I direct a Clinical Research Laboratory that supports numerous clinical trials by providing specialized specimen processing and specialized assays. The studies we support are vaccine or surveillance studies that mainly focus on enteric and respiratory pathogens.
Rotavirus vaccine development and research is a primary function of the lab, but we also study influenza and other pathogens in birth cohort studies and surveillance studies. We most recently have been involved with establishing testing for SARS-CoV2.
Our rotavirus work started out by developing a mouse model to answer basic questions on protection against rotavirus infection and disease. We used this model to look at immune responses after the administration of different vaccine strategies. Then, we used the information gained in this model to help with rotavirus vaccine development — which led to the establishment of a rotavirus vaccine that today is used around the world. I have continued the support of rotavirus vaccine development by working with several groups that are using new strategies to increase the effectiveness of rotavirus vaccines in developing countries, where they are needed the most.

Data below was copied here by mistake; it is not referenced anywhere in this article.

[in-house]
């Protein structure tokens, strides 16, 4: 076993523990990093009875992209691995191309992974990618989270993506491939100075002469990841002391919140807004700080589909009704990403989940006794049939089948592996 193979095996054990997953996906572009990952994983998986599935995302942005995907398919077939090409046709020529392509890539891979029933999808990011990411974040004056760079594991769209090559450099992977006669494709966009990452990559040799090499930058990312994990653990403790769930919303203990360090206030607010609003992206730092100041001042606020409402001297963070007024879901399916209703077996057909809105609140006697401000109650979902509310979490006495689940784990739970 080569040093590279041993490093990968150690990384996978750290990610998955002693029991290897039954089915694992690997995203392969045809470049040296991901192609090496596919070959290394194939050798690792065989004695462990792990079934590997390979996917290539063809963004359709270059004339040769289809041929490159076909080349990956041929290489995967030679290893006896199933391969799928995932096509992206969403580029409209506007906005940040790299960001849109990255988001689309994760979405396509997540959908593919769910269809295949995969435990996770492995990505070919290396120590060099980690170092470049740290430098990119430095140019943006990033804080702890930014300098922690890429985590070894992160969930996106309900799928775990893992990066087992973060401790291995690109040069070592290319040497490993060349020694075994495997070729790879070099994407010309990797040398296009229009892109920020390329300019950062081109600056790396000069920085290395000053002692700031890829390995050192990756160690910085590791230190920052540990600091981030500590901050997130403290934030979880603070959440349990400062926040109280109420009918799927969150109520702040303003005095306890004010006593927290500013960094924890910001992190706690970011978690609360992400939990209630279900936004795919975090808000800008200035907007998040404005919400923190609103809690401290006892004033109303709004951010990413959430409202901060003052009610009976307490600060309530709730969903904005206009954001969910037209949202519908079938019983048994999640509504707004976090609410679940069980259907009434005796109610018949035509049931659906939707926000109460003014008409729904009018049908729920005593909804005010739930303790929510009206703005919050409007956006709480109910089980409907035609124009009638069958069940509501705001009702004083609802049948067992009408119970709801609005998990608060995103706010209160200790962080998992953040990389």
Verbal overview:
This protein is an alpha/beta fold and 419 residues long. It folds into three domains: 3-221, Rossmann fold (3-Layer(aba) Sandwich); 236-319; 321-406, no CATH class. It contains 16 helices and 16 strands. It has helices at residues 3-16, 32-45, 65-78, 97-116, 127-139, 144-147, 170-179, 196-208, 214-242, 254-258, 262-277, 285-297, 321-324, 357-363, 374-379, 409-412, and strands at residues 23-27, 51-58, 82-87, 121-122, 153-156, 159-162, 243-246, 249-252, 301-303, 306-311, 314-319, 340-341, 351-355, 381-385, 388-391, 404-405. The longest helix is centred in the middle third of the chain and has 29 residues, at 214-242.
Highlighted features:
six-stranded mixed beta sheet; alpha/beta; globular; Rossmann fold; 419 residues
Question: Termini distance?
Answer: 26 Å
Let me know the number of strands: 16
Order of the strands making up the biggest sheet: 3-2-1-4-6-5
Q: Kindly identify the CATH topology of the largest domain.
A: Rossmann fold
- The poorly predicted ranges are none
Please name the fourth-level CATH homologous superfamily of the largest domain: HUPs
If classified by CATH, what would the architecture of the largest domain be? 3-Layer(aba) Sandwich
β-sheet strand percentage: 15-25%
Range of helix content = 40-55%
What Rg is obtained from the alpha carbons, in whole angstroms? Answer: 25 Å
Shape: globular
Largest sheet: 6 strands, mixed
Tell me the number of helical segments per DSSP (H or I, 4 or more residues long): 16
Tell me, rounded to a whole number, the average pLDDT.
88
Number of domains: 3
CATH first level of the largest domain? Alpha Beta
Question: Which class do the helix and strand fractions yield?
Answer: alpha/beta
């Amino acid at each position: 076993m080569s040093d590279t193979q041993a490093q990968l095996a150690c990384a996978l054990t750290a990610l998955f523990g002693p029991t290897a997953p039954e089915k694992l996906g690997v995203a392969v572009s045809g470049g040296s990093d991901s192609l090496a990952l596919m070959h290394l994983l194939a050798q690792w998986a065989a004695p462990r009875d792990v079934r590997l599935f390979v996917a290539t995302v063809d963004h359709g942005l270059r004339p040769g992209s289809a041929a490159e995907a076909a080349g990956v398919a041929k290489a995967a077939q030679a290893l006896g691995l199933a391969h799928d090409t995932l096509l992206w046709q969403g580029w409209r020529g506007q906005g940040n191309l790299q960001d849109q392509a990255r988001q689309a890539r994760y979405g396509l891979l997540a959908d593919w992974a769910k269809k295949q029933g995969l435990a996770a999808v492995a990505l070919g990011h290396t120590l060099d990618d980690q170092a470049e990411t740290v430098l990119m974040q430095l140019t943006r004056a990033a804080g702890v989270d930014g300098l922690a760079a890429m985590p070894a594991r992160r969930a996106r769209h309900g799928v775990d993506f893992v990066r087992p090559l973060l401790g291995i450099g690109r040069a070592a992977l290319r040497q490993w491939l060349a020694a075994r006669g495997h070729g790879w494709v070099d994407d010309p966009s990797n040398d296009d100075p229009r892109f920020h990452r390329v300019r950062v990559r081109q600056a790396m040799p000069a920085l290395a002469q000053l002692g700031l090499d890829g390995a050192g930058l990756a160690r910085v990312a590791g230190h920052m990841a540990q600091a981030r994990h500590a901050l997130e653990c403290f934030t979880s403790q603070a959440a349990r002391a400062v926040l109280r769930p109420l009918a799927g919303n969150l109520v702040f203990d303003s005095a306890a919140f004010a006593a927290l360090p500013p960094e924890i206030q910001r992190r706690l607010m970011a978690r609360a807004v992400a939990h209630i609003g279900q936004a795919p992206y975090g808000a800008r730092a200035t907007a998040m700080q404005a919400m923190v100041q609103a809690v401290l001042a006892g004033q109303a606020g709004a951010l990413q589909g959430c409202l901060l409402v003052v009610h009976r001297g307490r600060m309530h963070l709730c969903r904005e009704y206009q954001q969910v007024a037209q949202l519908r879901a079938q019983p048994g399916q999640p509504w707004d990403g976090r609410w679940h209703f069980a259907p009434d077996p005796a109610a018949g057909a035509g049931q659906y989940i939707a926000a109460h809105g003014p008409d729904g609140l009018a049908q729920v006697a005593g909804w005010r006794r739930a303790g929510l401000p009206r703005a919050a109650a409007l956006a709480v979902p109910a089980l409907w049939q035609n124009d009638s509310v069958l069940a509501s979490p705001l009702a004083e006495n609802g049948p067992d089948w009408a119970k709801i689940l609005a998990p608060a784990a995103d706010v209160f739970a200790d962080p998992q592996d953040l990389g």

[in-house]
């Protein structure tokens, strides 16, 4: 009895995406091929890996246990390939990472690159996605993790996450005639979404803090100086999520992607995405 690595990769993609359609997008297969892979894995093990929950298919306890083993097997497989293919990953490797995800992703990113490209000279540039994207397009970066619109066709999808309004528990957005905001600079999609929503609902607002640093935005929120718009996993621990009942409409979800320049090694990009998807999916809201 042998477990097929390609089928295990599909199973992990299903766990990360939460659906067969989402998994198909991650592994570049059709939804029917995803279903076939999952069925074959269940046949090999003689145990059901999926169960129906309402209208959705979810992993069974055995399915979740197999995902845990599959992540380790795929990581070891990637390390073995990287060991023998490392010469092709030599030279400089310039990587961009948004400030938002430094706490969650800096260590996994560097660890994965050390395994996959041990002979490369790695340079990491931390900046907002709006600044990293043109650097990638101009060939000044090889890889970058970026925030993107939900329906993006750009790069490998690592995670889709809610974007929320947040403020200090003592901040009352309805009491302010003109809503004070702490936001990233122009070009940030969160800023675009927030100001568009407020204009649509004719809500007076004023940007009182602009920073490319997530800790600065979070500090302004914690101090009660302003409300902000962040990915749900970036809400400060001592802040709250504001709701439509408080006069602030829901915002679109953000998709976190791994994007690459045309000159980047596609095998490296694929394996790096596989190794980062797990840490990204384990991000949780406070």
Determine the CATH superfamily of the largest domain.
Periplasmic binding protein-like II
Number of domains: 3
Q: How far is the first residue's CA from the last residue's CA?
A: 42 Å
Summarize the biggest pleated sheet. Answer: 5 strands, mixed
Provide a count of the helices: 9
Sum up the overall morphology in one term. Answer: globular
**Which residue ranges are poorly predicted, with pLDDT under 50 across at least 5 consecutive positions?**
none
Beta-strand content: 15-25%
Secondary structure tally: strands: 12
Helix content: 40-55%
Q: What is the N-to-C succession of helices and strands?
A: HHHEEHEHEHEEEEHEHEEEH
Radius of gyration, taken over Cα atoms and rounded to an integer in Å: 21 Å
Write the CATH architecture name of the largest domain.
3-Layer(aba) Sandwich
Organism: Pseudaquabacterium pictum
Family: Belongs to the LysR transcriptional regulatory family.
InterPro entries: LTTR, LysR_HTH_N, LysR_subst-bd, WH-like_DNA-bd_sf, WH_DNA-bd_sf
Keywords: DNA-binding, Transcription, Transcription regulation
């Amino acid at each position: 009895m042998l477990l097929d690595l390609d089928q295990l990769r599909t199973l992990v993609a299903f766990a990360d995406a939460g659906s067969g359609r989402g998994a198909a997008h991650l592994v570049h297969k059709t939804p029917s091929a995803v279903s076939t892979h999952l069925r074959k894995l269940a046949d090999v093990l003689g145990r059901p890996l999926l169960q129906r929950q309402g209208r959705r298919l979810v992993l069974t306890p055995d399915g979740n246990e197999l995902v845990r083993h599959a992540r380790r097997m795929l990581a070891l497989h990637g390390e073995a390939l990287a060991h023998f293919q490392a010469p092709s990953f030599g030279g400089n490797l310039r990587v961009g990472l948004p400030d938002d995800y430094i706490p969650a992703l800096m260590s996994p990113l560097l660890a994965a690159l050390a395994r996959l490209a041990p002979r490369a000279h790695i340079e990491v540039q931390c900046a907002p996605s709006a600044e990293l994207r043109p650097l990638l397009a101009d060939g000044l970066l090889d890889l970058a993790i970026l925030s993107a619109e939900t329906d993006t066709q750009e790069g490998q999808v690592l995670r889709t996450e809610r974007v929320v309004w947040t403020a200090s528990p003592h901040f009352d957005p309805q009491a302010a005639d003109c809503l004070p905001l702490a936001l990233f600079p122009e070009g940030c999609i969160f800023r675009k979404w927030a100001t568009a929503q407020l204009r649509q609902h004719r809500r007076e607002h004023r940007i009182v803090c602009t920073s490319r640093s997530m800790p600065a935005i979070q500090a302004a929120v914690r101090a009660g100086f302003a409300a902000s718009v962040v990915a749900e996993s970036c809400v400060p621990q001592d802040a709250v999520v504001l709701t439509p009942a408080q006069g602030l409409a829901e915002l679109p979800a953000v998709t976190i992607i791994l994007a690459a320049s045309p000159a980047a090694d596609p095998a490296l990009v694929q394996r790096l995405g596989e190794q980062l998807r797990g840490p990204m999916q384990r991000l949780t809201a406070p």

I’m honored to have received the Research Team Faculty Award from Cincinnati Children’s in 2018. I have been a researcher for more than 35 years and began working at Cincinnati Children’s in 1995. I am involved in studies with the Centers for Disease Control and Prevention, (CDC), the National Institutes of Health (NIH), the pharmaceutical industry and nonprofit organizations, as well as Cincinnati Children’s researchers that benefit from our services.